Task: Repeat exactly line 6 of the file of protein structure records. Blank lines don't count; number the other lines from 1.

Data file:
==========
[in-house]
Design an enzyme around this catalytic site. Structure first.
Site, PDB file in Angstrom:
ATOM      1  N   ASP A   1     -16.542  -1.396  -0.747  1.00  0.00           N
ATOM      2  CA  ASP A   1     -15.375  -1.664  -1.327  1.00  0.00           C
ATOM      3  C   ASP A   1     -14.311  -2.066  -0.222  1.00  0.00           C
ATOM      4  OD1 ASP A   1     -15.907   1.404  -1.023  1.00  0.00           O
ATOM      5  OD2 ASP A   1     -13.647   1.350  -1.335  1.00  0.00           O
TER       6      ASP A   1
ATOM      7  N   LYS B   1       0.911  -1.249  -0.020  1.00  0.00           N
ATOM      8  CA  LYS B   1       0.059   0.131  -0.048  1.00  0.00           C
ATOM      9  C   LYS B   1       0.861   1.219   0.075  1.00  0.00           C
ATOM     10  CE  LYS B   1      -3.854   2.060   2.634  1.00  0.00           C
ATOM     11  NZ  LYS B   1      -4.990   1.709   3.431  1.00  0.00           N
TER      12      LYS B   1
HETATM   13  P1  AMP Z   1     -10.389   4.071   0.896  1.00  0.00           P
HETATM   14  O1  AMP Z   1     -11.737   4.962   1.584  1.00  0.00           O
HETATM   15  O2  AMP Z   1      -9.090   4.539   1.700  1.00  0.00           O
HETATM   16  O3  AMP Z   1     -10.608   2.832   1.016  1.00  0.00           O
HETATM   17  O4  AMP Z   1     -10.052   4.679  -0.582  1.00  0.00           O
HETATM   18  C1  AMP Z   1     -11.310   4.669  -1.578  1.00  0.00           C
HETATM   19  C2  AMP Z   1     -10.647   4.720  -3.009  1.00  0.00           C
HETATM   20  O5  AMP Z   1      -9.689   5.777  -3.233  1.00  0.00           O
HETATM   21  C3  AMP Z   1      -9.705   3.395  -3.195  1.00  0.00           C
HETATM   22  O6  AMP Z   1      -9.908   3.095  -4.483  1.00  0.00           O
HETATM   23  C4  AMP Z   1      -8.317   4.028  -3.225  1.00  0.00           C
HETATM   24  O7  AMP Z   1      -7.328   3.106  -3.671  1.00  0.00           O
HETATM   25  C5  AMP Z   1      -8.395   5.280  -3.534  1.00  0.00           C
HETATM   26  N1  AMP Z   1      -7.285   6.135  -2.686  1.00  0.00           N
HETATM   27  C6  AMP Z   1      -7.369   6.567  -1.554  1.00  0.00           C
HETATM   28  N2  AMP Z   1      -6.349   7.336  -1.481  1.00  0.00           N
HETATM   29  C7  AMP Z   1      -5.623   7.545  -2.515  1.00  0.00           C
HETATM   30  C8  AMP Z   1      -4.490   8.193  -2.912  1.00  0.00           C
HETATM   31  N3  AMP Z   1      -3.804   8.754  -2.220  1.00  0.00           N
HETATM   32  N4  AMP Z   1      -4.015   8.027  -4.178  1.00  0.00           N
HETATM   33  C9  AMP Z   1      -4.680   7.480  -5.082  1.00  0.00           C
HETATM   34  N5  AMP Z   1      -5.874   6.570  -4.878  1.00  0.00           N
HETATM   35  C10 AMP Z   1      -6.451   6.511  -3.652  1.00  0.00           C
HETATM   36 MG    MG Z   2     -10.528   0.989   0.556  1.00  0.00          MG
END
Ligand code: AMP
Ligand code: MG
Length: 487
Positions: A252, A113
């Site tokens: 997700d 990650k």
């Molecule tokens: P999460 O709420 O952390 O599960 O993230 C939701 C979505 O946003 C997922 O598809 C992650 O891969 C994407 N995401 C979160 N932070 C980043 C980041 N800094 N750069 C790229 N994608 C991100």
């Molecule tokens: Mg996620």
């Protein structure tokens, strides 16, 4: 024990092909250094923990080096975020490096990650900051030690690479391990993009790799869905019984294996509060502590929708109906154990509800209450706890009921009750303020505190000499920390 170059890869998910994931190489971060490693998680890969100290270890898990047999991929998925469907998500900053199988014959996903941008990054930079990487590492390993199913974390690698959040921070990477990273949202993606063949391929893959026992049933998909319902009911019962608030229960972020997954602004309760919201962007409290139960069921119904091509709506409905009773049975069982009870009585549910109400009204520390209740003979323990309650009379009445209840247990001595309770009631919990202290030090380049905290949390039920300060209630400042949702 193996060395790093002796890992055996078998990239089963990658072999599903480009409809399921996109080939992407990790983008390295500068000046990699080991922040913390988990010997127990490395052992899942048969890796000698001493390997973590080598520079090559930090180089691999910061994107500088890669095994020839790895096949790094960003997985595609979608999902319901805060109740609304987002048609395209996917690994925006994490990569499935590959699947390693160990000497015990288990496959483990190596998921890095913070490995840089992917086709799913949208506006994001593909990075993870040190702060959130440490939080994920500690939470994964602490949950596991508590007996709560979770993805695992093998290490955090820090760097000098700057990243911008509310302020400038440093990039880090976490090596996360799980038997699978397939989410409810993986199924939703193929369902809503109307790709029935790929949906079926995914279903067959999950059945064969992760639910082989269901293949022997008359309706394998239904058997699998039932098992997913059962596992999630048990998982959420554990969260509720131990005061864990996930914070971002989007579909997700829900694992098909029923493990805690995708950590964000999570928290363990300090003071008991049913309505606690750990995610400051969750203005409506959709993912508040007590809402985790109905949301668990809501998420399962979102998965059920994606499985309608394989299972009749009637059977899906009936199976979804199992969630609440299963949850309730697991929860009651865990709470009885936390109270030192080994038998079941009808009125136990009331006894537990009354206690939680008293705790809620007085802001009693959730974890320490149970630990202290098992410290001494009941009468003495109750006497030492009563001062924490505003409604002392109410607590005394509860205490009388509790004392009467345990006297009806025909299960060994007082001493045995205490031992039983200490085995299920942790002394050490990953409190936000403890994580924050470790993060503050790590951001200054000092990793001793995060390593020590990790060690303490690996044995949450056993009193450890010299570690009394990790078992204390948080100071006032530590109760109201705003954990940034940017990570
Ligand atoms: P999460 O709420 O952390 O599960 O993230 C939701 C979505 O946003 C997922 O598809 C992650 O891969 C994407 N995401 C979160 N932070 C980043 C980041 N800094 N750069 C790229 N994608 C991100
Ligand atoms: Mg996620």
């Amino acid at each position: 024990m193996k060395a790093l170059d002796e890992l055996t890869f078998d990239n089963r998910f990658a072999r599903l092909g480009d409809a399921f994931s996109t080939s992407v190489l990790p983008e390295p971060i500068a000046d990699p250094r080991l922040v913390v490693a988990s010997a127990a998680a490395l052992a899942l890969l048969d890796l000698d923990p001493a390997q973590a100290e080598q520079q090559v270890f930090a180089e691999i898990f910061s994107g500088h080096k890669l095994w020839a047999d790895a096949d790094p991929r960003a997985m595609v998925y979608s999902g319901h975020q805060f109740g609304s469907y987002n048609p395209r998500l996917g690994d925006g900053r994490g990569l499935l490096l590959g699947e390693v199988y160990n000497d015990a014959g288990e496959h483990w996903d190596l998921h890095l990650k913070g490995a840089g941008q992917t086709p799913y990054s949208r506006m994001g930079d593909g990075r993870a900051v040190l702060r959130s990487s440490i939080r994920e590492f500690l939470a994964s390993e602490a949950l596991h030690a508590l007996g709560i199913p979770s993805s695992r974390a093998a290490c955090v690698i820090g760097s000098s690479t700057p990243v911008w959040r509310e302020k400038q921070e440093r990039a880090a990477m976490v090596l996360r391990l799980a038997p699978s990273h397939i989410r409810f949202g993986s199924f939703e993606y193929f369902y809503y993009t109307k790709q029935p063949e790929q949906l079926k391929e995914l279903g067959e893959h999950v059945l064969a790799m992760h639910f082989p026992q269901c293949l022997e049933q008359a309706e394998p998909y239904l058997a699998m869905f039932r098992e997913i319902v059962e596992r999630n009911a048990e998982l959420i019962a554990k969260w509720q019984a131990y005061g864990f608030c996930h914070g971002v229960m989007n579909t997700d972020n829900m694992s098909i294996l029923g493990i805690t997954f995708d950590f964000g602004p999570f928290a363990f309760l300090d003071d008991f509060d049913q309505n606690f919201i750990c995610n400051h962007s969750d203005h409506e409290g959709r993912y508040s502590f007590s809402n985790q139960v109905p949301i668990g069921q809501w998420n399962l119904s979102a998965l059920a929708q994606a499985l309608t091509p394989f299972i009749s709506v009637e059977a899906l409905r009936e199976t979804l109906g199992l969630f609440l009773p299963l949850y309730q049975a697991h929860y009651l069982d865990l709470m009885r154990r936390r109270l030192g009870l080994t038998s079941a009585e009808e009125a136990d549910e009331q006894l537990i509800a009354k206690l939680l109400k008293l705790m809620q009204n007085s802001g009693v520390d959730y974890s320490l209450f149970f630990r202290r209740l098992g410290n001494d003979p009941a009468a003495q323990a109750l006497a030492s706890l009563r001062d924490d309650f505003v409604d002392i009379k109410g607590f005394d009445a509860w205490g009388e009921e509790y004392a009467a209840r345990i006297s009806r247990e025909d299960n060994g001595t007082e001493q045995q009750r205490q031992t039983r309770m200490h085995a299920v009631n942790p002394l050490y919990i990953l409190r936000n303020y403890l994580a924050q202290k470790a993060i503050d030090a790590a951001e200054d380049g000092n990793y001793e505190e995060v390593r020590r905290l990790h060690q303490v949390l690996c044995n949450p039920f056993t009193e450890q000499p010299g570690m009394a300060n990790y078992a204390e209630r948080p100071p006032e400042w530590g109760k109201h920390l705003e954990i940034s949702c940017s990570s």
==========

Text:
ATOM      3  C   ASP A   1     -14.311  -2.066  -0.222  1.00  0.00           C